The maximum force developed in each motor unit of a muscle is related to
the number of fibres recruited, their firing (or stimulation) rate and synchrony,
and the physiological cross-sectional area of the motor unit. The maximum
force depends on the number of cross-bridges attached; the maximum
contraction velocity reflects the maximum rate of cross-bridge turnover, but
is independent of the number of cross-bridges operating.

The factors affecting a muscle’s ability to produce force include its length, velocity, fibre type,
physiological cross-sectional area and activation (see also Bartlett, 1997).
The force per unit physiological cross-sectional area is often known as the
‘specific tension’ of the muscle. A range of values for specific tension have
been reported (e.g. Pierrynowski, 1995); a maximum value of 350 kPa is
often used to estimate the maximum muscle force from its physiological cross-
sectional area (pcsa). It should be noted that pcsa=(m cosa)/(rf/ρ), where m
and ρ are the mass and density of the muscle, rf is the muscle fibre length and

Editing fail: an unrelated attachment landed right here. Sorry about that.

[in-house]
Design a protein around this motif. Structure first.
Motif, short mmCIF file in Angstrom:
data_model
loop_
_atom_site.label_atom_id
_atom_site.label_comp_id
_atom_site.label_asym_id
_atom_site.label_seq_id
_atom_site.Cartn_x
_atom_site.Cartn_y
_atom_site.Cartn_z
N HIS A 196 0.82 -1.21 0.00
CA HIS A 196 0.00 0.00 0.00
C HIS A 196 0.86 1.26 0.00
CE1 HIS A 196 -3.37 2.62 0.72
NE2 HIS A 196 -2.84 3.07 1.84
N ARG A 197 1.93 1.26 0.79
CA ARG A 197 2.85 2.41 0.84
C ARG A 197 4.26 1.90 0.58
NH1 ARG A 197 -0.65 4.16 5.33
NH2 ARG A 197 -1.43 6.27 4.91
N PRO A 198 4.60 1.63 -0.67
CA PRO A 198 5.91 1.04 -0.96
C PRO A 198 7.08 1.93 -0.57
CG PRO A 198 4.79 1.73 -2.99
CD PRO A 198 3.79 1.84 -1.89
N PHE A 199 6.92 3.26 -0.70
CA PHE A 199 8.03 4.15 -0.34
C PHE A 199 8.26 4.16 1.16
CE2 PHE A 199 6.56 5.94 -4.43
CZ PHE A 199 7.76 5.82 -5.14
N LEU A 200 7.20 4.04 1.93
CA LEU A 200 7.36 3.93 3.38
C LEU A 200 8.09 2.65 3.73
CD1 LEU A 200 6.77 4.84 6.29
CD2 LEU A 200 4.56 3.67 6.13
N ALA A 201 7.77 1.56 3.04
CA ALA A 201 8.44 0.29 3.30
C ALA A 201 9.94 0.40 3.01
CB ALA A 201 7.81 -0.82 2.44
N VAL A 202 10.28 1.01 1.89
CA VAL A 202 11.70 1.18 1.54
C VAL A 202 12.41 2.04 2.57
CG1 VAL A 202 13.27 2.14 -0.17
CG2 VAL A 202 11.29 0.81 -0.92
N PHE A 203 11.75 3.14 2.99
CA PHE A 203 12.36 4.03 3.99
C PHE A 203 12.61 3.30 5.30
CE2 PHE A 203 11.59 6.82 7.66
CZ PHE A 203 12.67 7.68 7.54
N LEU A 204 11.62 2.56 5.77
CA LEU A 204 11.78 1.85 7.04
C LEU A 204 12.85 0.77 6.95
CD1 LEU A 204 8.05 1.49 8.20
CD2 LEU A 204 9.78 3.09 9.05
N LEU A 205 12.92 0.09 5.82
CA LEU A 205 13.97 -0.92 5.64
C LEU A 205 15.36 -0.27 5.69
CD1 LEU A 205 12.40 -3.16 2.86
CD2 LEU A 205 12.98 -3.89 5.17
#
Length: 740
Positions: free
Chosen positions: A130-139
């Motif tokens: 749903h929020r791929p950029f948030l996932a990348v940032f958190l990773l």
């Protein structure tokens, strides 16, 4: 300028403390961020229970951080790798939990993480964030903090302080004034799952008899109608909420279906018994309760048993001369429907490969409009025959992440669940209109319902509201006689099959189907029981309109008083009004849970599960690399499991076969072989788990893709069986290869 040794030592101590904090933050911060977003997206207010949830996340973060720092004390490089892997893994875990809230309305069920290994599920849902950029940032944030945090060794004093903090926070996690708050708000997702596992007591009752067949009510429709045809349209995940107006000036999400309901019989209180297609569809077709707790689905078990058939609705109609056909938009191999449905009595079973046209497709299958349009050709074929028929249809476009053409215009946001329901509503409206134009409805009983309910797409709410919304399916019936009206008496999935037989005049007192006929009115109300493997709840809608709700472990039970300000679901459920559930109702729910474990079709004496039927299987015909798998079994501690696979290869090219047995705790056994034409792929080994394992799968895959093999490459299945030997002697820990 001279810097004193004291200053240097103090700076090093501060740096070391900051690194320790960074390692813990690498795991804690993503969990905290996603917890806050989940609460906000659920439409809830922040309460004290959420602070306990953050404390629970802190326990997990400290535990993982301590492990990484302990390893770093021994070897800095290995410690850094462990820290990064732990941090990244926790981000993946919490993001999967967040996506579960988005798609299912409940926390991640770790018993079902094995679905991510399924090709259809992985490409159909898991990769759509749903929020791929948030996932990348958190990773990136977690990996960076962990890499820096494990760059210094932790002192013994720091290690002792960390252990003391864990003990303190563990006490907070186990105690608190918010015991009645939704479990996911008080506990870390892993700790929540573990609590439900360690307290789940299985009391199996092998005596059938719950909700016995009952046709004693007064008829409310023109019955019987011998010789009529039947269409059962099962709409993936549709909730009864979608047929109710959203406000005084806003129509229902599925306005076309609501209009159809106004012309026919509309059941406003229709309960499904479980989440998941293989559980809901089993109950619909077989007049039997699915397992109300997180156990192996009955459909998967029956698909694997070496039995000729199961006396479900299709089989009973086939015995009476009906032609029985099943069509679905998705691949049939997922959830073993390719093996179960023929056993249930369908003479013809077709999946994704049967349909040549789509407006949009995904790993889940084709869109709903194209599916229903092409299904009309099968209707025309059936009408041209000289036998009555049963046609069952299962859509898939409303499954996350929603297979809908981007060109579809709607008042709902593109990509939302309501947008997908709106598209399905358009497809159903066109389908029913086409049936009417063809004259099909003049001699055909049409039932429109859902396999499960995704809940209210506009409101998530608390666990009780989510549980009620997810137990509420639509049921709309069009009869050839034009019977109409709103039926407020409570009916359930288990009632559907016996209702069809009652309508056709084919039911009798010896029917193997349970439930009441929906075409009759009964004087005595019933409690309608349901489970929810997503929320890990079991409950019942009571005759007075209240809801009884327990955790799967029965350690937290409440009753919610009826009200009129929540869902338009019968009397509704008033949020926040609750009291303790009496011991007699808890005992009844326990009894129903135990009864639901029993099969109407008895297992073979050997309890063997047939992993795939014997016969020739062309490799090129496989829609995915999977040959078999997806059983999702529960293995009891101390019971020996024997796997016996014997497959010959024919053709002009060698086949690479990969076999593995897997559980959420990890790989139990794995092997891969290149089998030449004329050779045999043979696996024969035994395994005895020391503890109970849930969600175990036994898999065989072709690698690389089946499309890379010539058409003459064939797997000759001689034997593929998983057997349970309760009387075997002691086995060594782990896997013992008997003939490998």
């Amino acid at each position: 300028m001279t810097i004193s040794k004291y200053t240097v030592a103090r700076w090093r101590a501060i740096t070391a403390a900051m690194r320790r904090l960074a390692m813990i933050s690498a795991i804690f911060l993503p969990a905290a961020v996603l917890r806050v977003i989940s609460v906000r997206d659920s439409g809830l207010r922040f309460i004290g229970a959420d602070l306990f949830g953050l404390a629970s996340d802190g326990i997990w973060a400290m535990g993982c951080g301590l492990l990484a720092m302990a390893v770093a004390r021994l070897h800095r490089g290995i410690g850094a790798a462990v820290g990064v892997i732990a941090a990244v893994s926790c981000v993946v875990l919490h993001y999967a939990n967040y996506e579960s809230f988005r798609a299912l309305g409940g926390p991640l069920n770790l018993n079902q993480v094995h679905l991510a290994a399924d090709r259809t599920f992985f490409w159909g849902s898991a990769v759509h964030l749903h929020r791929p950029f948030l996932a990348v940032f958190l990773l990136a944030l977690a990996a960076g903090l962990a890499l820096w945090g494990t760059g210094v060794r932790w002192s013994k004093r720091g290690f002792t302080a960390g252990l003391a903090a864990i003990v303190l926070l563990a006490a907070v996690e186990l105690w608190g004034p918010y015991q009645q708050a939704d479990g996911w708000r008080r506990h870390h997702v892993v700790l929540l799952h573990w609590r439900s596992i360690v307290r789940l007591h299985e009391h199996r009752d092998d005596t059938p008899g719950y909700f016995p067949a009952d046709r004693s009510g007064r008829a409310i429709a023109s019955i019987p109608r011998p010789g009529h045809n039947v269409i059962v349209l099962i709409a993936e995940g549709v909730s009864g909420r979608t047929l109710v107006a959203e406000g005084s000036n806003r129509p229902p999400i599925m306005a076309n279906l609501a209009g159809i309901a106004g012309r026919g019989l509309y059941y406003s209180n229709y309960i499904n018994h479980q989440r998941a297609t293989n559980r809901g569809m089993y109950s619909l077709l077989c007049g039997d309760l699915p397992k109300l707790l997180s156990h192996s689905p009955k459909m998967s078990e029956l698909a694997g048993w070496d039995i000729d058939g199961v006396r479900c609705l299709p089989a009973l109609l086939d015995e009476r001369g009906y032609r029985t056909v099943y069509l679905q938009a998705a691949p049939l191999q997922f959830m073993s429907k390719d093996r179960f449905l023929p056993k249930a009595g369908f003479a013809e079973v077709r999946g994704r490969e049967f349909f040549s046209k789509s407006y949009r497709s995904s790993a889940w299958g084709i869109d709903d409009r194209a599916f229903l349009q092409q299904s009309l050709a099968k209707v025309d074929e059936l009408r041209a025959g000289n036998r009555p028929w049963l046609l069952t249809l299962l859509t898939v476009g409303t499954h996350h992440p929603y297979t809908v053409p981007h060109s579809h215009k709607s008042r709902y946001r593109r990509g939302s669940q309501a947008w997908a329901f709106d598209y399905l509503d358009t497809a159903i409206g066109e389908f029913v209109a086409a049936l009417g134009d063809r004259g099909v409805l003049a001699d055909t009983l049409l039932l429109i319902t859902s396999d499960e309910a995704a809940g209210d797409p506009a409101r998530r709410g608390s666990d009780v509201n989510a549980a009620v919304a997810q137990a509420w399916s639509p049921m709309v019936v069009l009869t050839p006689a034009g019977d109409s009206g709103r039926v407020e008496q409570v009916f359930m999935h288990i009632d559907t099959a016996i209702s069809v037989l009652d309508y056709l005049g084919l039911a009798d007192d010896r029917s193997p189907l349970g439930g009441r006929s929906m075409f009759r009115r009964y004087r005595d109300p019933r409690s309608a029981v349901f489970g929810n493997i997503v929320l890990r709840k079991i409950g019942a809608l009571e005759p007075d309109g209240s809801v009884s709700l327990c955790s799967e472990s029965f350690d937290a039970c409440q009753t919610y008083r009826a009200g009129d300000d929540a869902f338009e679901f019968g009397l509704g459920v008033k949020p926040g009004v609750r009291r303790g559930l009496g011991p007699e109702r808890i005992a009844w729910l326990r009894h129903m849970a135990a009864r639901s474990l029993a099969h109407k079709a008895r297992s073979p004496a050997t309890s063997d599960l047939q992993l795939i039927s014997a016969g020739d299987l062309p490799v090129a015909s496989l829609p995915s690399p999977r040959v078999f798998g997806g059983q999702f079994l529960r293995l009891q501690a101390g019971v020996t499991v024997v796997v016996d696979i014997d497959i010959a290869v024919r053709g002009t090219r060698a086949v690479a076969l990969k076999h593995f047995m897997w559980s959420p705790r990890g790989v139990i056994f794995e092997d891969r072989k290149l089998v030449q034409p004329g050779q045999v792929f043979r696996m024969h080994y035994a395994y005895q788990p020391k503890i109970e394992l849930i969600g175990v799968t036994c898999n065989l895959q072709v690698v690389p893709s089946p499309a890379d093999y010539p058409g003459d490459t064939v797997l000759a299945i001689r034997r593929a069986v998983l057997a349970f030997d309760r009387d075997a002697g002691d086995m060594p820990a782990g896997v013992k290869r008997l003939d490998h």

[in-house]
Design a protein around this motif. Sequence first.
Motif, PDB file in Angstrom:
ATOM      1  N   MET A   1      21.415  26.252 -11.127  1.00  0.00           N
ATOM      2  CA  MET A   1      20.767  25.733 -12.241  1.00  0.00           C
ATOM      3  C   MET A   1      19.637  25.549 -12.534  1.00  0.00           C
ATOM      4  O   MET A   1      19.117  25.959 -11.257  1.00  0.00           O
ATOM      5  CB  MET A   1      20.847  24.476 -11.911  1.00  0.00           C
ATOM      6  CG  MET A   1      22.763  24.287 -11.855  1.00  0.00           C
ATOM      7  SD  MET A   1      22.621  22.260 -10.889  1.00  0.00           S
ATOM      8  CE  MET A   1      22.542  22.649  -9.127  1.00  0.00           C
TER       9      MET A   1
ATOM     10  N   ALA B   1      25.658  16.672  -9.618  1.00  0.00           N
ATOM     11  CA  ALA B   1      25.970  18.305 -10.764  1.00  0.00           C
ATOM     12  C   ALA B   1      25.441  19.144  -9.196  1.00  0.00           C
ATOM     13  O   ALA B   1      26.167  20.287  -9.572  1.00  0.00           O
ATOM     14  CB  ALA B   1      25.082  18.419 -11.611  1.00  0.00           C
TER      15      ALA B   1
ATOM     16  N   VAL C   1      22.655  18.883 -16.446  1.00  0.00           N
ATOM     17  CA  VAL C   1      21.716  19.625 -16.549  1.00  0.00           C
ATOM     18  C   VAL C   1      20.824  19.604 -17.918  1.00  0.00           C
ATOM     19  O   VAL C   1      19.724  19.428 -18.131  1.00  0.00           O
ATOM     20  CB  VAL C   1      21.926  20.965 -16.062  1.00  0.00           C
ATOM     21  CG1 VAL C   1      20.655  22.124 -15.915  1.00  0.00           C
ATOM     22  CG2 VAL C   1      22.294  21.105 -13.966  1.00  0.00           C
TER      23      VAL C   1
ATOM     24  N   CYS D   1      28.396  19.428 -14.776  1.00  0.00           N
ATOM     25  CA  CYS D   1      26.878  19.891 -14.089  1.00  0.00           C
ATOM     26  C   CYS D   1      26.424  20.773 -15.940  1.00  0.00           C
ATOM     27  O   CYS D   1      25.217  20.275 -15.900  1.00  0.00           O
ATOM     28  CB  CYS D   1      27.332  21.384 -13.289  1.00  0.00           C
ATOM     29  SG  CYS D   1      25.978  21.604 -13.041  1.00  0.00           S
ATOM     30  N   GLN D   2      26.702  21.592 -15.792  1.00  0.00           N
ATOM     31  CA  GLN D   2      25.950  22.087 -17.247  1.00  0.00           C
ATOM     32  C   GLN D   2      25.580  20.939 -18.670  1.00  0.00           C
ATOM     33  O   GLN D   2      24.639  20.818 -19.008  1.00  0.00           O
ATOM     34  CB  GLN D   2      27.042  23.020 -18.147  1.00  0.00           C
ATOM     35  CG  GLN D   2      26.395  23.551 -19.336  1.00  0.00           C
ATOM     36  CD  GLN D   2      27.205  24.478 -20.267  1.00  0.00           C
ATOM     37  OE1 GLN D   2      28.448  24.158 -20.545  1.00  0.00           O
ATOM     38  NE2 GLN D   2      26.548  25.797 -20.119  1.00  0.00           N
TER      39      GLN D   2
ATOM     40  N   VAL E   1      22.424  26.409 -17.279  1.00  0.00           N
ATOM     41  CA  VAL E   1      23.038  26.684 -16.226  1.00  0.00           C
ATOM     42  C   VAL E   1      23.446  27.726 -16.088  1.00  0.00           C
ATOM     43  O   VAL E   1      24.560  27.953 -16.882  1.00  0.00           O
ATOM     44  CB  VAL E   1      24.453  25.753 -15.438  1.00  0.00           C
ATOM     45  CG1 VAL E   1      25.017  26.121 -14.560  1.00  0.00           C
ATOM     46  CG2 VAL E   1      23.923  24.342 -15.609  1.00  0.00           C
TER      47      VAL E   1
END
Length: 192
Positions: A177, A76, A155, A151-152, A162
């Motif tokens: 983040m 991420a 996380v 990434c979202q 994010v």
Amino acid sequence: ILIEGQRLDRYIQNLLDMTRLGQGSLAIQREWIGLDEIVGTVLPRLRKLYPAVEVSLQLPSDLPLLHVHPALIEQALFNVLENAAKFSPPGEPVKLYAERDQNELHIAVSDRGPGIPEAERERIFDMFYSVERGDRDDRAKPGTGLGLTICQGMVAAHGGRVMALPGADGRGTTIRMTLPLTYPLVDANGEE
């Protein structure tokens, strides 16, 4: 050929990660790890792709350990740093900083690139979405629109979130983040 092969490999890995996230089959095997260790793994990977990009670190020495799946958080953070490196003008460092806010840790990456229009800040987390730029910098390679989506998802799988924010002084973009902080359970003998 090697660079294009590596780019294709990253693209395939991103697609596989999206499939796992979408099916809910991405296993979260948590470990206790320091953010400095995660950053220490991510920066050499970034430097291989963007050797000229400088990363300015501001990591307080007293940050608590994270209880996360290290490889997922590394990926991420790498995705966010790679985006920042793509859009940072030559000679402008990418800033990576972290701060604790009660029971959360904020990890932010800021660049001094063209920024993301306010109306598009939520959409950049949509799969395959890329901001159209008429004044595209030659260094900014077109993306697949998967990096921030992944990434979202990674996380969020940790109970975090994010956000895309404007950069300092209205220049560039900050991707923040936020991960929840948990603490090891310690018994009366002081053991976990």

α is the fibre pennation angle.

 The last two of these are defined
when the muscle’s sarcomeres are at the optimal length (2.8 µm) for tension
generation (Pierrynowski, 1995). The different values of specific tension cited
in the literature may be caused by different fibre composition, determination
of pcsa or neural factors (Fukunaga et al., 1992). The effects of training may
also be important (see below).

Muscle activation is regulated through motor unit recruitment and the
motor unit stimulation rate (or rate-coding). The former is an orderly sequence
based on the size of the a-motoneuron. The smaller ones are recruited first,
these are typically slow twitch with a low maximum tension and a long
contraction time. The extent of rate-coding is muscle-dependent. If more
motor units can be recruited, then this dominates. Smaller muscles have fewer
motor units and depend more on increasing their stimulation rate.

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